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Review: Corsair Hydro Series H100i GTX

by Parm Mann on 1 May 2015, 13:01

Tags: Corsair

Quick Link: HEXUS.net/qacqtd

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Conclusion

Installation is as simple as it has always been, the new aesthetic is easy on the eye, and cooling performance on an overclocked chip continues to impress.

Corsair has refreshed its range of all-in-one Hydro Series coolers with the introduction of the 120mm H80i GT, 240mm H100i GTX and 280mm H110 GT.

Covering all the popular form factors and touting a new industrial design as well as Corsair Link integration, the trio continue to rely on a tried-and-trusted formula of pump and radiator in a single, closed loop.

Installation is as simple as it has always been, the new aesthetic is easy on the eye, and cooling performance on an overclocked chip continues to impress. The H100i GTX plays to the Hydro Series' strengths, however the two potential weak spots - pump noise and software refinement - still need to be addressed, and as high-performance PCs become increasingly quiet, liquid coolers are starting to be identified as one of the primary contributors of overall noise.

Bottom line: it'll look great in a windowed chassis, and the Hydro Series H100i GTX should be considered if you prioritise cooling performance above all else, but if you're planning a near-silent build you'll want to look elsewhere.

The Good
 
The Bad
Great cooling performance
Straightforward installation
Doesn't clutter the CPU socket
Customisable caps
 
Pump noise is an issue
Pricey for a CPU cooler



Corsair Hydro Series H110i GT

HEXUS.where2buy*

The Corsair Hydro Series H100i GTX all-in-one CPU cooler is available to purchase from Scan Computers.

HEXUS.right2reply

At HEXUS, we invite the companies whose products we test to comment on our articles. If any company representatives for the products reviewed choose to respond, we'll publish their commentary here verbatim.



*UK-based HEXUS community members are eligible for free delivery and priority customer service through the SCAN.care@HEXUS forum.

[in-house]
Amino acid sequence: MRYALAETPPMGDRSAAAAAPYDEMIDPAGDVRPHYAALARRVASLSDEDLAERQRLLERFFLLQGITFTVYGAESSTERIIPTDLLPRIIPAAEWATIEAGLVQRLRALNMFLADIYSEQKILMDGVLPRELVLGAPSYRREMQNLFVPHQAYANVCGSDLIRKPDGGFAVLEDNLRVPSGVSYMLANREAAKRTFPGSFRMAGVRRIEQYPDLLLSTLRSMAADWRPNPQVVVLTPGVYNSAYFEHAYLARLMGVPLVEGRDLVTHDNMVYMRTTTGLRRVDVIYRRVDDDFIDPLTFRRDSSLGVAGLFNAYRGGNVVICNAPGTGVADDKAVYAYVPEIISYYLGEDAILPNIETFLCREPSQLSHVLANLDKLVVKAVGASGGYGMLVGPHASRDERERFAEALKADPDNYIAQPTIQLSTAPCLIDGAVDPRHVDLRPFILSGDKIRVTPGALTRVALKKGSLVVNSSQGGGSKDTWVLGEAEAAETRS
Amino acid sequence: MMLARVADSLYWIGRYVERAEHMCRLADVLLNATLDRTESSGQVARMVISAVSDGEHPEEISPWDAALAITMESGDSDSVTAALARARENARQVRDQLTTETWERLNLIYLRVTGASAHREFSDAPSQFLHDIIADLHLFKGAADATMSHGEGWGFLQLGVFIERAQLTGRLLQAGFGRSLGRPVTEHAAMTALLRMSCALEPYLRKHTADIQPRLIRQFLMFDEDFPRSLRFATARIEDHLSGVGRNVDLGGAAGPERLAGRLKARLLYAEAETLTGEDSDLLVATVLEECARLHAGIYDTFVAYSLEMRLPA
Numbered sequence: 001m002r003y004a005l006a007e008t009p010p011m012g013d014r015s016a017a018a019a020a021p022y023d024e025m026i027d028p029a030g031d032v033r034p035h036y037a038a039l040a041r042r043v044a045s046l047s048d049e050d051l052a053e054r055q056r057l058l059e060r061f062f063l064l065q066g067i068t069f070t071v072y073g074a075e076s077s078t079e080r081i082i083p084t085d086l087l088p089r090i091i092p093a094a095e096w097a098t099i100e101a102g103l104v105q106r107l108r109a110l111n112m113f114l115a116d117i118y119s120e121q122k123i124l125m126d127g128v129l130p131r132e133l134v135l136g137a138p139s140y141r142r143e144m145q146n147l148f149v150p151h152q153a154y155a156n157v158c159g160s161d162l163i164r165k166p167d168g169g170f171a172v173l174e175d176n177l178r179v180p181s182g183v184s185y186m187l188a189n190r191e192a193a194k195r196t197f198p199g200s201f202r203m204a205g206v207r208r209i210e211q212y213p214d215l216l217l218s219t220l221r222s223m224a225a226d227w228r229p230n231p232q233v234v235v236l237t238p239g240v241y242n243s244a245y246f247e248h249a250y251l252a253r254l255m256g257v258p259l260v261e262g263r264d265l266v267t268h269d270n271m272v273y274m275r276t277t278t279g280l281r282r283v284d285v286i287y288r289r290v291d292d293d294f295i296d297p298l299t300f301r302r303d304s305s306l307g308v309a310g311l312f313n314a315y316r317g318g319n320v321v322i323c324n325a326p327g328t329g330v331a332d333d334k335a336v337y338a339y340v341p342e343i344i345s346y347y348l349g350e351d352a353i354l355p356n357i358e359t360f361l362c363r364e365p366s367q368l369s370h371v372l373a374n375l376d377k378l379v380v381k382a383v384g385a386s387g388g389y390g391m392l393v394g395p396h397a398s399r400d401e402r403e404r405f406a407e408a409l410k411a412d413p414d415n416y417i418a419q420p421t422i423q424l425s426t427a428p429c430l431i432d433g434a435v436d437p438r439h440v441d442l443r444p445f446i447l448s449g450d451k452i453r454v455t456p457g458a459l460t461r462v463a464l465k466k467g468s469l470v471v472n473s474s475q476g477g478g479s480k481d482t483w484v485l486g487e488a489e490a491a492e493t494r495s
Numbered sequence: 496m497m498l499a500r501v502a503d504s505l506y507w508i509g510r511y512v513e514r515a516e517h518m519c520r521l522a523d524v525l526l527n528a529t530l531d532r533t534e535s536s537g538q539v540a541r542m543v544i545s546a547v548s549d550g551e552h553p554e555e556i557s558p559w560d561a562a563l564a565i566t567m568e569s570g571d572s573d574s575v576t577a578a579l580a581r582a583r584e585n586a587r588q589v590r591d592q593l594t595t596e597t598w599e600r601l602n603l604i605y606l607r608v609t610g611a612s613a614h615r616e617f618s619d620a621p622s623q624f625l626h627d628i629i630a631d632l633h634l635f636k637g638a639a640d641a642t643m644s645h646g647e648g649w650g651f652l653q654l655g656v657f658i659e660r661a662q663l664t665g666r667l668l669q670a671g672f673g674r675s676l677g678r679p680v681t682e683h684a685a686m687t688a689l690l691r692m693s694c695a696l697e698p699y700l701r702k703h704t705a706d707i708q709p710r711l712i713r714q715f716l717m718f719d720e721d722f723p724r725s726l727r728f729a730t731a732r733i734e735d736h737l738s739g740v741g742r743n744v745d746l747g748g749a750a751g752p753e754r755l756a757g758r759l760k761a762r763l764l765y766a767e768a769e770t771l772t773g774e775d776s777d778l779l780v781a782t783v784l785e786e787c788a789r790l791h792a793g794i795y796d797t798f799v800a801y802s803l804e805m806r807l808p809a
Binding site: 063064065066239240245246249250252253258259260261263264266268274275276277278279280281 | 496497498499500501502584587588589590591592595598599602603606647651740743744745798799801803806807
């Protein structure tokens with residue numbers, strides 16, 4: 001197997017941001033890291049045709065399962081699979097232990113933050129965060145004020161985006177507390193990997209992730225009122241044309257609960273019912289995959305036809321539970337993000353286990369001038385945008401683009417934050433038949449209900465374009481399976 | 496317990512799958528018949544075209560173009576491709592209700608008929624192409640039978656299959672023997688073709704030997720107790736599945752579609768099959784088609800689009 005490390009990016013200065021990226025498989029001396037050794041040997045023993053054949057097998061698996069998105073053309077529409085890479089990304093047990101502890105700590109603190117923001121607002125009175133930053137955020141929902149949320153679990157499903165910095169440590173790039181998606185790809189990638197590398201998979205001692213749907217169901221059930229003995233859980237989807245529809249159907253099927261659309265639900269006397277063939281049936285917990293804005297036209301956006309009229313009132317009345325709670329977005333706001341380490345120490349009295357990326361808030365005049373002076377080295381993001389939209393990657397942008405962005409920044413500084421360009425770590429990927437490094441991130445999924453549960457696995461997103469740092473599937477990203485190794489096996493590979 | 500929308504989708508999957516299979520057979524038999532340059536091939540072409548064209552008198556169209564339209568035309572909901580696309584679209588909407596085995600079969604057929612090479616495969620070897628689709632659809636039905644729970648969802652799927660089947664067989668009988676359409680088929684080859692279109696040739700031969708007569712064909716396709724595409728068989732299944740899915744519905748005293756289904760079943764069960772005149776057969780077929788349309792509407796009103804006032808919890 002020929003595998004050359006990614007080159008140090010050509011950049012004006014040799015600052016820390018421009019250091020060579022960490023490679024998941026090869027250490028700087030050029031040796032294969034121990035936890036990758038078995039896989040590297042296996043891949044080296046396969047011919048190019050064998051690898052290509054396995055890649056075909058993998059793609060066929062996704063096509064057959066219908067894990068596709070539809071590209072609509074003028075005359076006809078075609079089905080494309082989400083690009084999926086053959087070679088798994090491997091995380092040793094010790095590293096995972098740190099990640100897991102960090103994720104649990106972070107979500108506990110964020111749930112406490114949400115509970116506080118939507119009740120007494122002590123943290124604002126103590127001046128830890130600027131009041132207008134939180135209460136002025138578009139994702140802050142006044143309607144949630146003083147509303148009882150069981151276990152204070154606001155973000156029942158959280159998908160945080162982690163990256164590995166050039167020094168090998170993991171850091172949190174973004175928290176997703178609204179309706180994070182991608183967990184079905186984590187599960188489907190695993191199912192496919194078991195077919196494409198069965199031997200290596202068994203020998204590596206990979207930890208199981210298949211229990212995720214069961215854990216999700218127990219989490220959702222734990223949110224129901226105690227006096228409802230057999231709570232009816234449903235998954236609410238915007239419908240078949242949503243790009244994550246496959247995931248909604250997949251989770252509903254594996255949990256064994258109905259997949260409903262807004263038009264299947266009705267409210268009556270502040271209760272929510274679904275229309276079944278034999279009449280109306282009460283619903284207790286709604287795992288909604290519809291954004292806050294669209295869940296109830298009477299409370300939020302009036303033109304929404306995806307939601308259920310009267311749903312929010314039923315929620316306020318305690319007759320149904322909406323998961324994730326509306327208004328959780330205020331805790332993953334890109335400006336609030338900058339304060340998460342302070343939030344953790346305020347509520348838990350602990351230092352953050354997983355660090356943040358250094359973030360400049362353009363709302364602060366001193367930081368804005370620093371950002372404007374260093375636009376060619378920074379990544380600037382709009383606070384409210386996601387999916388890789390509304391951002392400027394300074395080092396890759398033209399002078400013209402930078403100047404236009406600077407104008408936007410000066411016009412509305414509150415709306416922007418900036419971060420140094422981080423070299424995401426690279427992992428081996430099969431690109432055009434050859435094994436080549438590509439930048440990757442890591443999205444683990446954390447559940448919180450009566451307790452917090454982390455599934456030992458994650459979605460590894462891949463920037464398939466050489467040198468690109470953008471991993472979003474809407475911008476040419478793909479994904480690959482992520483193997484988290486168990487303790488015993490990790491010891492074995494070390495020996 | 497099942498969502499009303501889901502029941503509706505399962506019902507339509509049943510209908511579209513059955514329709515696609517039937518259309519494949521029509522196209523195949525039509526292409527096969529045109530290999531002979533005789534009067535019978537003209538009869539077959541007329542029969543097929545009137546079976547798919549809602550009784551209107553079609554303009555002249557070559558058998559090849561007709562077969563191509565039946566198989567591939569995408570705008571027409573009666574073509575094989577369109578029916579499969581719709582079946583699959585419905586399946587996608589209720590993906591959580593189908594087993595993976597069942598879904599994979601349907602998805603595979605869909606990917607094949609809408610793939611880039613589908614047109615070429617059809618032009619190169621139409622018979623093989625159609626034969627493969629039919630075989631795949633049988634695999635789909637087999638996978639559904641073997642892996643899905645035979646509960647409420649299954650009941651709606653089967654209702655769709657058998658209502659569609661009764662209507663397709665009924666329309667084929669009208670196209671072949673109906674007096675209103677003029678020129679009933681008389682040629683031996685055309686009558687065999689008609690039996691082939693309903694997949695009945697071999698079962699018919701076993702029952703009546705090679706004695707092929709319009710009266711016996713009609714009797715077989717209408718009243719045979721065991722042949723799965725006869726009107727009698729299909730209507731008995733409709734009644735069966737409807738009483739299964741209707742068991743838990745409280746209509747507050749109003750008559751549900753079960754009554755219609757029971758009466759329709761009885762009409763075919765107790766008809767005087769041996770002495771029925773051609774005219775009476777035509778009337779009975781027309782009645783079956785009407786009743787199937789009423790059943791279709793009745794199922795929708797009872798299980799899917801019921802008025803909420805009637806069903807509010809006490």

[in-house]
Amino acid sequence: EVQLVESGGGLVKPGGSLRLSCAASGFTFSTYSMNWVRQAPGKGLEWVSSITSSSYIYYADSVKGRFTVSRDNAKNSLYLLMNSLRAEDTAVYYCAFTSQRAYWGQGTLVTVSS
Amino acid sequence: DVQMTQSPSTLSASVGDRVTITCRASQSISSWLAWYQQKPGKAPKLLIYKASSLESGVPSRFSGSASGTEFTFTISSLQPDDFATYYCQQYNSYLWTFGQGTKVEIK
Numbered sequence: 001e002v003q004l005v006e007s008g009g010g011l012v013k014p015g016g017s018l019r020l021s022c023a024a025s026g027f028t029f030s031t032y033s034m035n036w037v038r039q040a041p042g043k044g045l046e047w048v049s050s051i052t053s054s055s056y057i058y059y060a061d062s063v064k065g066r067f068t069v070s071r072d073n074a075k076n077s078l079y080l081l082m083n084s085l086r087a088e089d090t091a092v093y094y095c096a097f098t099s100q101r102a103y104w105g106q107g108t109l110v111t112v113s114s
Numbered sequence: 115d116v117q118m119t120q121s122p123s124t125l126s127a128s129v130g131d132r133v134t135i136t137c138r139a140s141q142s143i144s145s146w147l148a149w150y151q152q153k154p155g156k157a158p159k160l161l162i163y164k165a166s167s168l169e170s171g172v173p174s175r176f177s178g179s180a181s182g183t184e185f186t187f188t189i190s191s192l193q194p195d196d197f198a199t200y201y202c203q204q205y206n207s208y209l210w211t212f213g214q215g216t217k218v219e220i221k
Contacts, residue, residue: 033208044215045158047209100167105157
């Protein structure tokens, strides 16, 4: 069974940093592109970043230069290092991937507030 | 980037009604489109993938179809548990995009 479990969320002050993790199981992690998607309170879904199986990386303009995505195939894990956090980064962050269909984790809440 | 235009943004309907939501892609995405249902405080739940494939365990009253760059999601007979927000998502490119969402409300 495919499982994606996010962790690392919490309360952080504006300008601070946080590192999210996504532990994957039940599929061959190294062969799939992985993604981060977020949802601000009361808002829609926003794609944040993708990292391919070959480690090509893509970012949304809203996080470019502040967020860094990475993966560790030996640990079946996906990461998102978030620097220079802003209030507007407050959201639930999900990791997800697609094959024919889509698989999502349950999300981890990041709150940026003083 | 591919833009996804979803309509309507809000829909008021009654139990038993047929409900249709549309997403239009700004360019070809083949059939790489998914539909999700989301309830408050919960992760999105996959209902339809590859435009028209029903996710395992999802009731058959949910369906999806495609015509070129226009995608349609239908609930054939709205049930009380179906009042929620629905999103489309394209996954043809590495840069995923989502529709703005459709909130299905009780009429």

HEXUS Forums :: 14 Comments

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H100i GTX, huh? My humble H100, without even an ‘i’ to its name, is nothing.

But can the same formula continue to prove successful in the years to come?

No, I think they'll have to get really radical and start using “ZZ” and more ‘X’s and maybe stick the word “Super” in there, or something like that. I'd definitely ditch my now pitiful H100 and trade up to a Corsair ZZH100XXR SuperBlackrad. Totally hot and yet really cool all at the same time.
As for the reality, when the pump and fans are competing with trance music, tinnitus and a washing machine, it's really not a problem. ;-)

On the other hand, if it's still as easy to ruin the thread of the screws/fittings as with my H100 then I can't recommend it without a “caveat emptor”.

(For those who had the obvious thought there.. ;-) … Yes, I do wish that I hadn't thought it a bargain that the supplier would build the system for barely any difference in what I paid for it.)
How long are the tubes? I don't know if it's just me, but it looks from the photos, that the tubes aren't long enough to allow mounting the radiator in the front of the case.
It would be nice to see other similarly priced and performing air coolers to the D15, like Phantek's PH-PC14PE, and be quiet!'s Dark Rock Pro 3 mixed into these results
Looks well engineered and made and for a high performance gaming rig its certainly an option.
For me its a no go. To expensive (£30 - £40 more than a top end air cooler) and to noisy.
I find it odd that Intel has not gone the route of a better supplied stock cooler that would add maybe a few pounds more to the cost of a cpu.